These four simple things will ensure your notes are high quality and useful.
Getting the most out of your notes
So you’ve got a bunch of notes. Now what?
Use your notes.
Don’t just let them sit in your zettelkasten. Don’t just add them to some rote memorization spaced repetition app. Write something. Something fun. Something interesting to you. Something that you really want to learn more about.
If your notes are well-written, much of an exposition’s work is already done – you can basically just copy and paste these notes into your manuscript one by one. By using a zettelkasten, you’re basically already writing essays one note at a time.
Now, obviously not every single note will be immediately useful to you. Many will never be used or linked to at all, and that’s okay. The point here is to keep in mind, as you take notes, that the note and the linking aren’t the end-goal. Always have in mind the more important and fruitful end – expository writing.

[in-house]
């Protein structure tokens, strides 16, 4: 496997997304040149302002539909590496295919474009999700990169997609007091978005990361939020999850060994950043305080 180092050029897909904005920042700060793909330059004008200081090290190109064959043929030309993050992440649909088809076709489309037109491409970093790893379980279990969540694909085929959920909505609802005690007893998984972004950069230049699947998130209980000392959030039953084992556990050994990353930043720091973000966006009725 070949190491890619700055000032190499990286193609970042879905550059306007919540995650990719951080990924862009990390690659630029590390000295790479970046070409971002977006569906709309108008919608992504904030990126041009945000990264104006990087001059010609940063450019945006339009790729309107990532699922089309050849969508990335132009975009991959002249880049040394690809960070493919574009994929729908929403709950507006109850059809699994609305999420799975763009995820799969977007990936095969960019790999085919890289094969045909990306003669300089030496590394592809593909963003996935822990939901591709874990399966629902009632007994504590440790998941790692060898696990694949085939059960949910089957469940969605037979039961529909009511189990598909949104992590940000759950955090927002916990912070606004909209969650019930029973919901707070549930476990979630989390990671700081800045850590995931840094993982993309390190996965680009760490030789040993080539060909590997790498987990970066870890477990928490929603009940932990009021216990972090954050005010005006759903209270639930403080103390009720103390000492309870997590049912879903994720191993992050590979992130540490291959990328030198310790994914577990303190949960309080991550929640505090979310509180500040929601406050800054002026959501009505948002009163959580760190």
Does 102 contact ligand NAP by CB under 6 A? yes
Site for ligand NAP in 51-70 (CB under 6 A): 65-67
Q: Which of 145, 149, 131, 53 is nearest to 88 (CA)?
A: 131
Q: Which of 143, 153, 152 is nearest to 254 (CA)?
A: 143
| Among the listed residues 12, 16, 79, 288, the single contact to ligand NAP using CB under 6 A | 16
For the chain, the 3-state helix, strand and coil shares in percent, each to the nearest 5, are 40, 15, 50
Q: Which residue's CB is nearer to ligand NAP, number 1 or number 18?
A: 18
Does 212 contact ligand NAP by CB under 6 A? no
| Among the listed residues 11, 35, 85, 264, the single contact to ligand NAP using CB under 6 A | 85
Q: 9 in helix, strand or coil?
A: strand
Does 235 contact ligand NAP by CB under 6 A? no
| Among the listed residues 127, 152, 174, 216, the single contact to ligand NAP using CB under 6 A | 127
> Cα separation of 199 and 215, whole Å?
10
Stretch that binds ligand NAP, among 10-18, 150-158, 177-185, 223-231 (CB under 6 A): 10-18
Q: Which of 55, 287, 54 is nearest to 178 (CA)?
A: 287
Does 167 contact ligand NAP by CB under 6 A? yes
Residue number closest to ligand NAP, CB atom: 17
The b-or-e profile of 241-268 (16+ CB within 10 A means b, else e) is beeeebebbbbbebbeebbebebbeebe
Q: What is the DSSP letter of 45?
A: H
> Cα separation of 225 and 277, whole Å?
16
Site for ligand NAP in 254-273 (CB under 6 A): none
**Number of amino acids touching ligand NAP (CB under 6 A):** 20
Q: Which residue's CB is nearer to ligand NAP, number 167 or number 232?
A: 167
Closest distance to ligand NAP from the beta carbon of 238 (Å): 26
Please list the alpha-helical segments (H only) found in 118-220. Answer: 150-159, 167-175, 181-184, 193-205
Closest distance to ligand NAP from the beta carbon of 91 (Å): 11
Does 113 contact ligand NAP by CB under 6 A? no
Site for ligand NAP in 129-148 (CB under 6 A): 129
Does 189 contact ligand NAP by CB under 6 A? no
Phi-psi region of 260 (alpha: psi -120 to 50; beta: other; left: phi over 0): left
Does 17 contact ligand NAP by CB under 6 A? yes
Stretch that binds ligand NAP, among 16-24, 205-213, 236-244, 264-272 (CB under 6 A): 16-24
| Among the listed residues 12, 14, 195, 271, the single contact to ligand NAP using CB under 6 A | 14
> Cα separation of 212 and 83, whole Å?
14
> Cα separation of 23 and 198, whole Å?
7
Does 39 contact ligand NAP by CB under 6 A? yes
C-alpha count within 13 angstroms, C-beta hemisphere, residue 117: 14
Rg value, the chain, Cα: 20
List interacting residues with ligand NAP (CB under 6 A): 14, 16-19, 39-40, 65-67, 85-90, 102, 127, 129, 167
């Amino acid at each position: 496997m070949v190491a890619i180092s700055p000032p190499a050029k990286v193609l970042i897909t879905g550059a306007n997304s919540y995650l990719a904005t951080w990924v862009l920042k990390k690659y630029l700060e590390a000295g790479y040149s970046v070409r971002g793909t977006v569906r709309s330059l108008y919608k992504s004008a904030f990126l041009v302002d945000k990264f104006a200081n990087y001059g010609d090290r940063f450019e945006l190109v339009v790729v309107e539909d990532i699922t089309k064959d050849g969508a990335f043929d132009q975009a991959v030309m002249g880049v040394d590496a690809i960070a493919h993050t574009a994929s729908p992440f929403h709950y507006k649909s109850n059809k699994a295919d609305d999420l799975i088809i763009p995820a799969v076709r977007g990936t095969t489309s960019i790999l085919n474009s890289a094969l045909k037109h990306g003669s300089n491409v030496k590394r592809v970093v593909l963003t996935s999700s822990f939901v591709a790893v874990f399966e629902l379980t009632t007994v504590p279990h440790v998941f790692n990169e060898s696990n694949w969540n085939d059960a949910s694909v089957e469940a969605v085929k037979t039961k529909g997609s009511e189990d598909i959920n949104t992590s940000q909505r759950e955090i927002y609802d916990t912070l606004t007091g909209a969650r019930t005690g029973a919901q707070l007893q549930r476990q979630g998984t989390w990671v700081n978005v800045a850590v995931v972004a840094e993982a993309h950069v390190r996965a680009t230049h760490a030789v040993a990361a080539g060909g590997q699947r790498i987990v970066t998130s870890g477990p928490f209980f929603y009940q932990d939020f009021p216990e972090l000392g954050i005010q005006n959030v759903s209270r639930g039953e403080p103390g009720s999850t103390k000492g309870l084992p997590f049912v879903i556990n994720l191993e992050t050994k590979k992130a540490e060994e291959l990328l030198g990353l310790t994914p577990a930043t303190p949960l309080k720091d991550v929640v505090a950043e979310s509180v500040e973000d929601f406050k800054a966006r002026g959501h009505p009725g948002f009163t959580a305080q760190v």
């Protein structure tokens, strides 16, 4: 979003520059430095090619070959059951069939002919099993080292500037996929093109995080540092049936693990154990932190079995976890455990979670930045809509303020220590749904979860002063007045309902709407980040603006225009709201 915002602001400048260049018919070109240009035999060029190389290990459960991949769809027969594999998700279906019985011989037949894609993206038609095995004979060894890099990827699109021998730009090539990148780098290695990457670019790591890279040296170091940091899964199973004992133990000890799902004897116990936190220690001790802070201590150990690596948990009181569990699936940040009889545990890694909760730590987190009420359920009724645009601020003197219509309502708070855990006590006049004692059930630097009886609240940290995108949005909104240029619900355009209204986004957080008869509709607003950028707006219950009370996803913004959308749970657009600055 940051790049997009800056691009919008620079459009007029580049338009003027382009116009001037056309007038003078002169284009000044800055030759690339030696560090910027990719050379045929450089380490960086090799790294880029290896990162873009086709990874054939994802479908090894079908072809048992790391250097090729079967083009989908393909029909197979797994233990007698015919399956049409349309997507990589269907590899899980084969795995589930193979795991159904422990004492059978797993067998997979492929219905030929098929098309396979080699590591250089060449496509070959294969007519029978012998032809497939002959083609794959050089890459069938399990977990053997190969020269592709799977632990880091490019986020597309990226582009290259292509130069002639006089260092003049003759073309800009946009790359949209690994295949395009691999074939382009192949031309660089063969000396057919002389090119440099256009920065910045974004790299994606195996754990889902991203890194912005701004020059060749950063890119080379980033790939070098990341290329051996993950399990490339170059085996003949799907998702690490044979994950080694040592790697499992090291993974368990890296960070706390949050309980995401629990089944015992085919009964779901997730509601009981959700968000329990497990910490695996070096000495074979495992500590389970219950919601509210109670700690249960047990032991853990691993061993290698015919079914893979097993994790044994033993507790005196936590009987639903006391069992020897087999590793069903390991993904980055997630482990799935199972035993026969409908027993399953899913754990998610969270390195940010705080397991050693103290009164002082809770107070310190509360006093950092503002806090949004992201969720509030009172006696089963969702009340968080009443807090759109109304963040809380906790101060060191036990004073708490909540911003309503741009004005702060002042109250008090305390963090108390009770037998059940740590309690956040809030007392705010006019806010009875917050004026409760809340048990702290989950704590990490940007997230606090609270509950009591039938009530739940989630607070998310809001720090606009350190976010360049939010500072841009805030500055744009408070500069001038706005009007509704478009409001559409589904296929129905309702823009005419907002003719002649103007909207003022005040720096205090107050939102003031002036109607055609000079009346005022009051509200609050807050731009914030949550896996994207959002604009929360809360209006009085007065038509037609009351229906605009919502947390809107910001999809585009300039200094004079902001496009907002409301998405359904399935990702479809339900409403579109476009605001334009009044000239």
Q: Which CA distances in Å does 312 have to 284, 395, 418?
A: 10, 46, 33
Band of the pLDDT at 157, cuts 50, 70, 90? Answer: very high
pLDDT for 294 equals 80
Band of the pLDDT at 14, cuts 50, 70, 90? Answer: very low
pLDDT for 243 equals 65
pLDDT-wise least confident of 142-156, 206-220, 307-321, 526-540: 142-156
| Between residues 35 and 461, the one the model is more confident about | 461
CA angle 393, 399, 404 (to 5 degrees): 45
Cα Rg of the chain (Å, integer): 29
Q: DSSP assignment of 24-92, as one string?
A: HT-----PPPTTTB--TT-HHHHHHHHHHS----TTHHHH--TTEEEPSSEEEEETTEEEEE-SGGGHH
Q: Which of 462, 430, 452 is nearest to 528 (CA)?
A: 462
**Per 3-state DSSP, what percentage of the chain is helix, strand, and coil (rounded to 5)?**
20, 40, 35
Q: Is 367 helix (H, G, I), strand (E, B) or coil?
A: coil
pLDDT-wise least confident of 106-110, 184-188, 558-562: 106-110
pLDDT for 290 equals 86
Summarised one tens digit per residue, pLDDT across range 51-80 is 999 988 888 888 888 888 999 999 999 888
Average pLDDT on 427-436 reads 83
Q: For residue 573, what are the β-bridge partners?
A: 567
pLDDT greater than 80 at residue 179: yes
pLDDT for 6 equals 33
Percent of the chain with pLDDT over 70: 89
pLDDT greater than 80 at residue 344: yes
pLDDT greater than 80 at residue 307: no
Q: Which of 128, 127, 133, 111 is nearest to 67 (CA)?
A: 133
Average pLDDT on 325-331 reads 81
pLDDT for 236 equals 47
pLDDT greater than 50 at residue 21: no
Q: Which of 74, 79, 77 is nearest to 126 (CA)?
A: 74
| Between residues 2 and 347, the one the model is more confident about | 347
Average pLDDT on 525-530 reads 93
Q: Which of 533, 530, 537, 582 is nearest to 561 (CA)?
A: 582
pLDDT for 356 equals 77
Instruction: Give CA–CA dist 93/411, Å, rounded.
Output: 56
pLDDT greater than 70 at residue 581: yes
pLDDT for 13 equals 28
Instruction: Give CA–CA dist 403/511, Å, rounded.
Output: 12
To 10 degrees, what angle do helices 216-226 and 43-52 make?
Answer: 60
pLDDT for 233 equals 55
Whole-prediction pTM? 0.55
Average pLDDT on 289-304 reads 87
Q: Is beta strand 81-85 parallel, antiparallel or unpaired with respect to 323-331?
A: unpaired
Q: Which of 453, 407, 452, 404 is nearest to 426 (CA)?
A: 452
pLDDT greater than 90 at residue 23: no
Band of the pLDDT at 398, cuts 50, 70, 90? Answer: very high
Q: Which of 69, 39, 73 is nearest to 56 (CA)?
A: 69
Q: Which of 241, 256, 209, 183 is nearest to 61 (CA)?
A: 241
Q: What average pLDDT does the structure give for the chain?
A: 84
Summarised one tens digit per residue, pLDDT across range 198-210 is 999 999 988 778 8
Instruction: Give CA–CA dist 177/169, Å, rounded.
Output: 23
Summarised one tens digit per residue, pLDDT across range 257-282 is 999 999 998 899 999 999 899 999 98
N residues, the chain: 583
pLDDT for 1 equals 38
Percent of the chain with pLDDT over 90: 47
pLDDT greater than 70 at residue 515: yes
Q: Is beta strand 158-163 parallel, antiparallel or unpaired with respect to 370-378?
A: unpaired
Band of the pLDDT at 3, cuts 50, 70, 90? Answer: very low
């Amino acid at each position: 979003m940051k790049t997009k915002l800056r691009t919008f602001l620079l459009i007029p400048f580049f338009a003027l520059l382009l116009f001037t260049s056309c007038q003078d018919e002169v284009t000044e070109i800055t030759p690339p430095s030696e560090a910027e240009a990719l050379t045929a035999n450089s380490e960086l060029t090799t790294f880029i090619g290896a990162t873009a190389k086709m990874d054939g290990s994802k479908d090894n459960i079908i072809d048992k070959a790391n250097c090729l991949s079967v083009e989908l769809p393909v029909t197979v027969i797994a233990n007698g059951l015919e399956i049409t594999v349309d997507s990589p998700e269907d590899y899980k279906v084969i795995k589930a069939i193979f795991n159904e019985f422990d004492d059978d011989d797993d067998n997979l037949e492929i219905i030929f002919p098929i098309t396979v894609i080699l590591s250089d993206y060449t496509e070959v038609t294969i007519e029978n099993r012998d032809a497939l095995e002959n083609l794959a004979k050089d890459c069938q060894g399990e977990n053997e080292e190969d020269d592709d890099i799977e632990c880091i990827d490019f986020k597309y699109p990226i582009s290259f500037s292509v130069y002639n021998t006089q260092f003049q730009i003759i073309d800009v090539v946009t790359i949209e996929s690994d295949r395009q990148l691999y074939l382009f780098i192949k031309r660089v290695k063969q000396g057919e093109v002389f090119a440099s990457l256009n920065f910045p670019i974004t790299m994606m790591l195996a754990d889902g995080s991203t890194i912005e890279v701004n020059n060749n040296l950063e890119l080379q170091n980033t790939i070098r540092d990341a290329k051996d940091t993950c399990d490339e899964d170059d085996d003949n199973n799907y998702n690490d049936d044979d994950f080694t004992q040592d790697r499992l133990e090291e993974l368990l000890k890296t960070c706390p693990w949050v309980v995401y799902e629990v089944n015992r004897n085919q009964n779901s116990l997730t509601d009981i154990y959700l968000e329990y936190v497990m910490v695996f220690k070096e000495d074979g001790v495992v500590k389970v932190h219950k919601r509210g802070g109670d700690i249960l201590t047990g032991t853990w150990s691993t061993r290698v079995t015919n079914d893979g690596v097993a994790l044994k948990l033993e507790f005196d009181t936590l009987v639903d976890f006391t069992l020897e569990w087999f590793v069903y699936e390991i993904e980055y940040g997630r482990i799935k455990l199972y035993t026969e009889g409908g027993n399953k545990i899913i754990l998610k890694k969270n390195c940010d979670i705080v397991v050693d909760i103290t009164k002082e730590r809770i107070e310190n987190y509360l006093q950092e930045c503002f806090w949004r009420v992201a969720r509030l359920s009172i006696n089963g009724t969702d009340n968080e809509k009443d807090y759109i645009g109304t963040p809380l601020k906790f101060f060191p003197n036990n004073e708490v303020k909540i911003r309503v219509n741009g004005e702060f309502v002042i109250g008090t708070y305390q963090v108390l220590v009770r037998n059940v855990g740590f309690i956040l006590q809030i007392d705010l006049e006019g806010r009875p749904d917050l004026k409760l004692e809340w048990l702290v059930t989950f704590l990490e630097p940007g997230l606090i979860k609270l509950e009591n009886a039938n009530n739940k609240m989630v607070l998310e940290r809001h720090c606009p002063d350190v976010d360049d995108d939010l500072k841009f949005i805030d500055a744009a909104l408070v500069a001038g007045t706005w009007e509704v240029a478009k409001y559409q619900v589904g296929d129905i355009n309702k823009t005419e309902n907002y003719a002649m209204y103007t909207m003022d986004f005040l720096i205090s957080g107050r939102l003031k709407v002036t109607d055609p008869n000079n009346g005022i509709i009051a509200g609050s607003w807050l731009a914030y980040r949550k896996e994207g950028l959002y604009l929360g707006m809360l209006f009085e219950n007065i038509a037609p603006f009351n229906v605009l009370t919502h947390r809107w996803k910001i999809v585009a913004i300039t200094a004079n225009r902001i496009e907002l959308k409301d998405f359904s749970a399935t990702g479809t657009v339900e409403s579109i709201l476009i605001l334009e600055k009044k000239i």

Remember, a zettelkasten isn’t just a note-taking system. It’s not just a productivity system. It’s a powerful support system for producing written expositions.
Whether your writing is destined to be shared or kept private, everyone can benefit from the creative insights and learning that emerges from the process of expository writing.
Ready to implement a proper zettelkasten?Try Thoughtbook free
- ^ Postman 2006, p. 63
- ^ Freeman 2020
- Freeman, Jesse. 2020. “The Anatomy of an Amazon 6-Pager.” The Writing Cooperative. July 16, 2020. https://writingcooperative.com/the-anatomy-of-an-amazon-6-pager-fc79f31a41c9.
- Postman, Neil. 2006. Amusing Ourselves to Death: Public Discourse in the Age of Show Business. New York, N.Y., U.S.A.: Penguin Books.